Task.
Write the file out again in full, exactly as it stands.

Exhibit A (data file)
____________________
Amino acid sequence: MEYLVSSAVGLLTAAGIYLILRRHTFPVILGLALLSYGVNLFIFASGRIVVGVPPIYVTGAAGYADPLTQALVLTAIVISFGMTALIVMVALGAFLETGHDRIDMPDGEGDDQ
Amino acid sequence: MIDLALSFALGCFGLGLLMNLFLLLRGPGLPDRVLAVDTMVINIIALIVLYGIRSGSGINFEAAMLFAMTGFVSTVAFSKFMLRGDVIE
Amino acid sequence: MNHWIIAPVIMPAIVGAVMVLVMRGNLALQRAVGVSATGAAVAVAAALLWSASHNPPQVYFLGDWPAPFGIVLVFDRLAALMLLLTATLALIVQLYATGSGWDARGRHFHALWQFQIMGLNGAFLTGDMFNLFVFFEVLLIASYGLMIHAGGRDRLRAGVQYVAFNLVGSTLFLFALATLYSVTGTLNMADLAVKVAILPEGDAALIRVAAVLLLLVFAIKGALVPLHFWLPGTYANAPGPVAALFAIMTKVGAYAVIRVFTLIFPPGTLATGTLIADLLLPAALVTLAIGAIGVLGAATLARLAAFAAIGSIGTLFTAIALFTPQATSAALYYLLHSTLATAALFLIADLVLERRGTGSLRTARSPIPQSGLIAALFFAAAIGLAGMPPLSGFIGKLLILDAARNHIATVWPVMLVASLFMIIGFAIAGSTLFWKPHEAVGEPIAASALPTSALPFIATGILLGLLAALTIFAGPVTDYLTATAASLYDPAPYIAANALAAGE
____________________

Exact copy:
Amino acid sequence: MEYLVSSAVGLLTAAGIYLILRRHTFPVILGLALLSYGVNLFIFASGRIVVGVPPIYVTGAAGYADPLTQALVLTAIVISFGMTALIVMVALGAFLETGHDRIDMPDGEGDDQ
Amino acid sequence: MIDLALSFALGCFGLGLLMNLFLLLRGPGLPDRVLAVDTMVINIIALIVLYGIRSGSGINFEAAMLFAMTGFVSTVAFSKFMLRGDVIE
Amino acid sequence: MNHWIIAPVIMPAIVGAVMVLVMRGNLALQRAVGVSATGAAVAVAAALLWSASHNPPQVYFLGDWPAPFGIVLVFDRLAALMLLLTATLALIVQLYATGSGWDARGRHFHALWQFQIMGLNGAFLTGDMFNLFVFFEVLLIASYGLMIHAGGRDRLRAGVQYVAFNLVGSTLFLFALATLYSVTGTLNMADLAVKVAILPEGDAALIRVAAVLLLLVFAIKGALVPLHFWLPGTYANAPGPVAALFAIMTKVGAYAVIRVFTLIFPPGTLATGTLIADLLLPAALVTLAIGAIGVLGAATLARLAAFAAIGSIGTLFTAIALFTPQATSAALYYLLHSTLATAALFLIADLVLERRGTGSLRTARSPIPQSGLIAALFFAAAIGLAGMPPLSGFIGKLLILDAARNHIATVWPVMLVASLFMIIGFAIAGSTLFWKPHEAVGEPIAASALPTSALPFIATGILLGLLAALTIFAGPVTDYLTATAASLYDPAPYIAANALAAGE